“I just can’t leave museums alone,” says Bill Blore, who spearheaded the recovery and display of artifacts and history of the Victoria Police Department, the oldest police force west of Ontario.
Born in the middle of winter in the middle of the Depression in Red Deer, Alberta, Bill decided from the day he started school that teaching was the job for him. An award winning thespian in high school, an Air Cadet, Trail Ranger, UC youth group member and editor of the school newspaper, yearbook and local radio station students’ program, Bill says he had so much fun in high school, he hardly had time to study. Bill attended universities in Edmonton, Calgary and Vancouver, earned a teaching degree and launched his career in an army and air force school in Calgary, and moved up to administration and other schools in the city. In 1967, he married Clare, a fellow educator.
Aside from teaching and administration, Bill coached one-act plays and sports. His main goal as a teacher and principal was to have fun with the kids. “I enjoyed their wonderful adventuresome attitudes to learning,” he says. “I loved to see the light of knowledge come on when they discovered a new learning.”
Bill and Clare like to travel. In addition to their annual visits to Clare’s family in Saskatchewan, Elderhostel trips through the U.S. and escaping to warmer climates at Christmas and Easter, they have visited Europe and Britain over a dozen times. On one of these occasions, Bill, who has twice had the honour of meeting the Queen face-to-face in Canada, met Prince Charles when they attended a garden party at Buckingham Palace, part of a holiday designed by Bill’s great-uncle.
Bill and Clare retired to Vancouver Island in 1991 to “live the life of Riley, but that didn’t happen,” says Bill. In 1992, he joined the staff at Craigdarroch Castle as the Volunteer and Educational Co-ordinator and became fascinated with museum creation, management, artifact collection, preservation and display. In the libraries at Craigdarroch, UVic and UBC, Bill read everything he could find on museums. “So, it’s been the joy of my life because I always was a historian,” he says.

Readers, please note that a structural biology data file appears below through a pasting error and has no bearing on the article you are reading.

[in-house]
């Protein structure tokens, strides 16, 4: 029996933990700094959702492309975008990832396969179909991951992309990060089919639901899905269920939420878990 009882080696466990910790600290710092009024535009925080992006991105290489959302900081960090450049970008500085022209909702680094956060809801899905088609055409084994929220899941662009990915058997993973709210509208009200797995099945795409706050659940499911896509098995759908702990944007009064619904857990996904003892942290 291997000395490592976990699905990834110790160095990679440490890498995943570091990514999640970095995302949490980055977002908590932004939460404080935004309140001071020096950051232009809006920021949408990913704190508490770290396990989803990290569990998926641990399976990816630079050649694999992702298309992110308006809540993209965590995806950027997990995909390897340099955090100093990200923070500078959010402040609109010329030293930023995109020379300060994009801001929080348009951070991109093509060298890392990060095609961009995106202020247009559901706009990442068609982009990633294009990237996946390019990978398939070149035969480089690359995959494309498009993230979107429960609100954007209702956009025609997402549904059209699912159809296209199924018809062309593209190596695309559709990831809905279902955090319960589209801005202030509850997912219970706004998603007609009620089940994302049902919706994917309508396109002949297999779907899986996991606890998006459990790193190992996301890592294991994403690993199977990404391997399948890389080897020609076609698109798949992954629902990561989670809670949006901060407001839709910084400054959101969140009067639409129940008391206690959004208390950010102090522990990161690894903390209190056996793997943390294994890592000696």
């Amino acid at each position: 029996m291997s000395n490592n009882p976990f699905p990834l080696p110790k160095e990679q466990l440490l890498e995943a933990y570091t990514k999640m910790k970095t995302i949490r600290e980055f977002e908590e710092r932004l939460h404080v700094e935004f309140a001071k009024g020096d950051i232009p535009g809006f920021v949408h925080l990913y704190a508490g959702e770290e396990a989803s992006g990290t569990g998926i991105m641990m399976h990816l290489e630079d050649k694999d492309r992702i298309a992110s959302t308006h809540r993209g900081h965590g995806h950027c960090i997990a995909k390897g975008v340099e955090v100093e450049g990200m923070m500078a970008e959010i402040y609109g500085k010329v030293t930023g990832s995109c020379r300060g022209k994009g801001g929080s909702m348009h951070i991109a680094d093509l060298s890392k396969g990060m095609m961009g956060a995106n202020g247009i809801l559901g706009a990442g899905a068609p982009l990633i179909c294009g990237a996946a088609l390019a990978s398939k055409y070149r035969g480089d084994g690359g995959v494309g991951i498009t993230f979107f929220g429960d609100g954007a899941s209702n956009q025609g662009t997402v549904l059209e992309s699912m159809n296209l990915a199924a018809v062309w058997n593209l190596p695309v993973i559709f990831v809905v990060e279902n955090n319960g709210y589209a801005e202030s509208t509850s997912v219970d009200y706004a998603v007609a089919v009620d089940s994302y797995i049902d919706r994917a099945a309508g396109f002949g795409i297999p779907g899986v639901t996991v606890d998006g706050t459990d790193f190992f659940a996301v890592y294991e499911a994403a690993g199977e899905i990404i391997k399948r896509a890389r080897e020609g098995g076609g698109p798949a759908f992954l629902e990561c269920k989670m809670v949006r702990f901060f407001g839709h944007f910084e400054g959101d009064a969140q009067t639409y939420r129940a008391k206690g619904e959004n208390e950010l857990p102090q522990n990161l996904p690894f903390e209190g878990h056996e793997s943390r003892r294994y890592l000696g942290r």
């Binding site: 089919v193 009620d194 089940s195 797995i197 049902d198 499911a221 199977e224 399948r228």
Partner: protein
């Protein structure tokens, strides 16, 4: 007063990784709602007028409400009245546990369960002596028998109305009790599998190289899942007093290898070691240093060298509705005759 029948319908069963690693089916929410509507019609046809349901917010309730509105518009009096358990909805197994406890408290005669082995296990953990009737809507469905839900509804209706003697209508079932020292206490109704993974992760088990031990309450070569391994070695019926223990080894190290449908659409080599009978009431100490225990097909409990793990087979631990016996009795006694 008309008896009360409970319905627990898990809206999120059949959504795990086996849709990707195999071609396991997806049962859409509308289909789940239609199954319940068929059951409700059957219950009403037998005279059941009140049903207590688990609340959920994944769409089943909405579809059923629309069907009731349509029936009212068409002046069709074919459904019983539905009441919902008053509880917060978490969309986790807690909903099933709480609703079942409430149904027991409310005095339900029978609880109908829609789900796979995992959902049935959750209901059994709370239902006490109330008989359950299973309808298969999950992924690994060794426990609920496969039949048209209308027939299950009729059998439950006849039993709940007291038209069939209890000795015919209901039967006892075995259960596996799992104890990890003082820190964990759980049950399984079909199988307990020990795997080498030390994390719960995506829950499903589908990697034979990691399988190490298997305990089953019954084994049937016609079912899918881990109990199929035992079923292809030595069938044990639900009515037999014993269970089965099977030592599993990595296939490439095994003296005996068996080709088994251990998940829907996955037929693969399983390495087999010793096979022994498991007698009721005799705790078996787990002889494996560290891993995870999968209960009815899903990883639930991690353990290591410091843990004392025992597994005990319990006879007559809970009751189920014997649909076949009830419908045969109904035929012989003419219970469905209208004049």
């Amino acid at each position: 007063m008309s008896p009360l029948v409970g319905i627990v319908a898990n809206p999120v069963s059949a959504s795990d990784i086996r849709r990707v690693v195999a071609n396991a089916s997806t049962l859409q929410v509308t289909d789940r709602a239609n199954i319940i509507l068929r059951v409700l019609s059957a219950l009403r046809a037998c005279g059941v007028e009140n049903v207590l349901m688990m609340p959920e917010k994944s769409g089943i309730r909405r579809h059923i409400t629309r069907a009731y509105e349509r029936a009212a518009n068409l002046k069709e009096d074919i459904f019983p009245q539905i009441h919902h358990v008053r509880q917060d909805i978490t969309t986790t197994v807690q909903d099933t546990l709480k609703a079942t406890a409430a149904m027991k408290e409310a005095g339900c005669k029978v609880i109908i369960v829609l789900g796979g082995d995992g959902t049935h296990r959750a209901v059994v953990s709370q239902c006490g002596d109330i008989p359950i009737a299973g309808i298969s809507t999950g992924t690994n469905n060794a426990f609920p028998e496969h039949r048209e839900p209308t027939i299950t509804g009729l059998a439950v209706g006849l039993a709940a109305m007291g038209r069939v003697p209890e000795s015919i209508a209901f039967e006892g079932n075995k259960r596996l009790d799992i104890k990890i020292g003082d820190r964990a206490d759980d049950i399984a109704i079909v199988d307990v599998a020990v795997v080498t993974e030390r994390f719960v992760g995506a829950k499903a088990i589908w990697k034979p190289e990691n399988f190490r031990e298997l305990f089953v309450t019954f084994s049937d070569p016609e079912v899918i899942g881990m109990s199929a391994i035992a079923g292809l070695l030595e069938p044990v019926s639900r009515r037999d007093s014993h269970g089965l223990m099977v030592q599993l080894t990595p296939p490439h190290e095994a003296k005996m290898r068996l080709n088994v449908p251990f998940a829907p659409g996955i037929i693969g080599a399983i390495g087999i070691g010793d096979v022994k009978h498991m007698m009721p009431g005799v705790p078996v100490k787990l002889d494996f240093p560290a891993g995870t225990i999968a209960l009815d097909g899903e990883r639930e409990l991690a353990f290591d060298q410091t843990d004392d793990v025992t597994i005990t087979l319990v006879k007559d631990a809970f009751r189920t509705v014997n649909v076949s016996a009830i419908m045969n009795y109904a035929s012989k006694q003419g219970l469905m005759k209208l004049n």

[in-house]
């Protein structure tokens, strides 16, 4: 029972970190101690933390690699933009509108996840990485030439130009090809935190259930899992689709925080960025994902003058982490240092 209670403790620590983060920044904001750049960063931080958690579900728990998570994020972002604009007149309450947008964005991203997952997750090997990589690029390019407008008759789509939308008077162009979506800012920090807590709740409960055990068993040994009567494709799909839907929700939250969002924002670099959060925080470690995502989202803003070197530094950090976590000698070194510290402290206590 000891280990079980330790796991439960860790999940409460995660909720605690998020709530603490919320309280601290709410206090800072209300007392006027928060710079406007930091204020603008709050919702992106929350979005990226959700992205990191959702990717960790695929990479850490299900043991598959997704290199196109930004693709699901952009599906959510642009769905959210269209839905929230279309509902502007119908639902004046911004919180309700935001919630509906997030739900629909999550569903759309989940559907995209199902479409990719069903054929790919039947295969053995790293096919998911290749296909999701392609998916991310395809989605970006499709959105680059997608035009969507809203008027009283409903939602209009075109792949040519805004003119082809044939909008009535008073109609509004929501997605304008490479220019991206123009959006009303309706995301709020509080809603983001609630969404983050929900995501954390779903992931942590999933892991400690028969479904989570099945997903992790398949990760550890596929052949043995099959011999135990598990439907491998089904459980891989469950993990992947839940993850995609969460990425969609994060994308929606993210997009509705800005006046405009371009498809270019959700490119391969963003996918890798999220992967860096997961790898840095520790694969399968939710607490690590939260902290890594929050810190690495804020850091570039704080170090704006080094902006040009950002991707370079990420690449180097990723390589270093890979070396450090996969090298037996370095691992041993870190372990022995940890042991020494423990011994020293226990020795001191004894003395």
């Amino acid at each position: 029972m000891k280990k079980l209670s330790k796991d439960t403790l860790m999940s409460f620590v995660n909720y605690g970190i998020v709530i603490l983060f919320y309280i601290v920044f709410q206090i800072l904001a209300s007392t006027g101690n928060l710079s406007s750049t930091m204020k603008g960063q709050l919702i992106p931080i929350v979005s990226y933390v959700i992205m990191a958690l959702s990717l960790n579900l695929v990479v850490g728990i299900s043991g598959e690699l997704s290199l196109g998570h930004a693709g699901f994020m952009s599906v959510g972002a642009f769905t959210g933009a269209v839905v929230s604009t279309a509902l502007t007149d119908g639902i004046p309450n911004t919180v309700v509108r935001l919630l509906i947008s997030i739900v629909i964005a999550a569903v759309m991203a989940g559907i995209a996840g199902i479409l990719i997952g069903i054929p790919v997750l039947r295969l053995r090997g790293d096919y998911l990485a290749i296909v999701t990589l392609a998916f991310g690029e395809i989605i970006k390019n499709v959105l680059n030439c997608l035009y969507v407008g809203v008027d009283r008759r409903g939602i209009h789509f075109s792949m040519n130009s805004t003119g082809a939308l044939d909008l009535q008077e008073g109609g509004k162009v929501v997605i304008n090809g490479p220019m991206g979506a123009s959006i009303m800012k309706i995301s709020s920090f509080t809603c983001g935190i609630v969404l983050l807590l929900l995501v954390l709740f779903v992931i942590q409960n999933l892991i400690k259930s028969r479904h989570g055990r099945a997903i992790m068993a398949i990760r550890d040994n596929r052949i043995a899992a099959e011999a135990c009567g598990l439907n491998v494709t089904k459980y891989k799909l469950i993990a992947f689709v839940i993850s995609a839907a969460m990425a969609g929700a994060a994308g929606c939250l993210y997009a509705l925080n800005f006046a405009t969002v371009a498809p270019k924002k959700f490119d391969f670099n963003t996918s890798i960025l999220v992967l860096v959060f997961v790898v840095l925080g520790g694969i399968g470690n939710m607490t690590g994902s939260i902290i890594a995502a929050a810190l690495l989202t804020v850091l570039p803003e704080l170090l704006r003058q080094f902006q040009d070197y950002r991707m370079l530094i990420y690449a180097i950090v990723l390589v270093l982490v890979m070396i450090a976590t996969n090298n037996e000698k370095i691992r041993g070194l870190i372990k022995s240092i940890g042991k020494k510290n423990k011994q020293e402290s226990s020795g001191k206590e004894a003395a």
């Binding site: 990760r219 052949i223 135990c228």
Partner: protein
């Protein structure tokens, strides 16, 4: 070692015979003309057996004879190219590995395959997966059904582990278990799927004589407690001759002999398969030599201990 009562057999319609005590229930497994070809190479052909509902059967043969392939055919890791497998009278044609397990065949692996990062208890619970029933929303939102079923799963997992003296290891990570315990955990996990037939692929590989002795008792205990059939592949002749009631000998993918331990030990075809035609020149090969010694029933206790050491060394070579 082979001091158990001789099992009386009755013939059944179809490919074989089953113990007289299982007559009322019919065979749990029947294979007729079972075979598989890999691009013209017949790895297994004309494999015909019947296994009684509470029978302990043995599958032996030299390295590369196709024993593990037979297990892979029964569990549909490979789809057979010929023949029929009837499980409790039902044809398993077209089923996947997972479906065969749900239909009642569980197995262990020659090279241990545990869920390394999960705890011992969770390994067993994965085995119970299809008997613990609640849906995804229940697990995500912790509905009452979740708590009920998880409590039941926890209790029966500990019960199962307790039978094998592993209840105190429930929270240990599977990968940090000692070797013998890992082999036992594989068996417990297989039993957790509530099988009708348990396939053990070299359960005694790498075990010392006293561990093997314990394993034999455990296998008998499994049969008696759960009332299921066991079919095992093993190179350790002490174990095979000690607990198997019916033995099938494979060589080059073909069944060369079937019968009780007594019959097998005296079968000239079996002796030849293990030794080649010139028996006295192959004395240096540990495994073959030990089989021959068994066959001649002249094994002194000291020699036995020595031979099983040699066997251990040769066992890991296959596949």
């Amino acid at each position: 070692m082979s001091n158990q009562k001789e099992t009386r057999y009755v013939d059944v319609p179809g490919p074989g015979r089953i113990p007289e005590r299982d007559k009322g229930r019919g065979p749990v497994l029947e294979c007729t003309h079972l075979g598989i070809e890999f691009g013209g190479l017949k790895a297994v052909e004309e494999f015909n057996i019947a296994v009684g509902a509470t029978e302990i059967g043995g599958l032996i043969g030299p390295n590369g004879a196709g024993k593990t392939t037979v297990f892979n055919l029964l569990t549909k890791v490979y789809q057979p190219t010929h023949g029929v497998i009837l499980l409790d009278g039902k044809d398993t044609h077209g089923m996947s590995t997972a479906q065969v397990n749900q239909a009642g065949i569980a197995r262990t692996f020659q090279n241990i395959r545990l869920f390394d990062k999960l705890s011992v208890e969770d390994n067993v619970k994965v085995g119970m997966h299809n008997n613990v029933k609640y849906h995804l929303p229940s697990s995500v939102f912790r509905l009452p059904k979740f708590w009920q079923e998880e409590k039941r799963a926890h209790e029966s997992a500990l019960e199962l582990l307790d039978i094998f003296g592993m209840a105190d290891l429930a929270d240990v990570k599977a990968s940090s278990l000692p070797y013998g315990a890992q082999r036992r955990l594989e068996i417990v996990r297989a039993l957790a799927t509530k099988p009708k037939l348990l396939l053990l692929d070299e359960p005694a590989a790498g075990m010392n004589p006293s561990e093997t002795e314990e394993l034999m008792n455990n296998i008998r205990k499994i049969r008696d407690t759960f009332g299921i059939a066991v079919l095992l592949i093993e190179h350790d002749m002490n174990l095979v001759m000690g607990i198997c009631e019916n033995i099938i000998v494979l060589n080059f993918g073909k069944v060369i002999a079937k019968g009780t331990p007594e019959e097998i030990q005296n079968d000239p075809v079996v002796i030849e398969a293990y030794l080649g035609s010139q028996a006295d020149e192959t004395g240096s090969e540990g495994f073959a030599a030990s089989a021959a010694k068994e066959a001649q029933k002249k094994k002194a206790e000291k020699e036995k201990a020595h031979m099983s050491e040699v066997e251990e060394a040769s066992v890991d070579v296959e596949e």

Bill left Craigdarroch in 1996 and became a volunteer at Hatley Park with the Friends of Hatley Park. In 1998, he suggested to the university that a museum would be appropriate, and they asked him to create one in the basement of the castle. Paid staff later took over the operation of the museum, and Bill left to pursue other interests. While looking after the maintenance of St. Andrews Cathedral, a Canada Heritage Site, Bill continued to attend seminars on the preservation of historical sites and the display of artifacts.
In June 2008, a friend encouraged Bill to go to a meeting of volunteers interested in working at the Victoria Police Museum. Bill willingly took on the entire task of reorganizing the museum and gift shop to meet the Canadian standards for museum operation.
Bill and his volunteers have inventoried pictures, newspaper clippings and pamphlets that can now be used for research purposes. The museum outlines the history of the force, the first in Western Canada to use mug shots and fingerprints to identify criminals. It holds historical Victoria Police artifacts, such as the original radar cameras, the original breathalyzers and handcuffs that date back to the 1850s.
Historically, the Victoria police department, which is older than the original RCMP, “was created by James Douglas who was sort of the father of British Columbia,” says Bill as he guides the visitor through the museum. “As the first governor of the Mainland and the second governor of the Island, he ran the Island like he was king. Everybody was scared to death of him.”
“Here, you’ll notice in the museum (Bill points to an effigy of a black policeman in uniform) his mother was black. His father was Scottish.” Bill goes on to explain that when the American Civil War broke out, many California black people migrated to Canada. Douglas welcomed them to Victoria and formed the first only black police force in Canada. “There is so much colourful history represented here in these four little walls,” says Bill.
Besides artifacts displayed in the museum, Bill shows the visitor how a forensic artist puts together a composite of an offender. If the picture doesn’t look like the person who robbed the victim, they change the slides until they get the figure that looks like the wrongdoer. Once accomplished, they draw the picture and release it to the public.
Currently, Bill also volunteers at the Royal British Columbia Museum as a tour guide and at Government House as a volunteer museum co-ordinator.
The Victoria Police Museum, located in the Victoria Police Headquarters building at 850 Caledonia Avenue, is open Monday to Thursday from 1 p.m. to 4 p.m. and Friday 10 a.m. to 4 p.m. Admission is FREE. Souvenirs are available for purchase.
OCTOBER 2009 SENIOR LIVING VANCOUVER ISLAND
This article has been viewed 1179 times.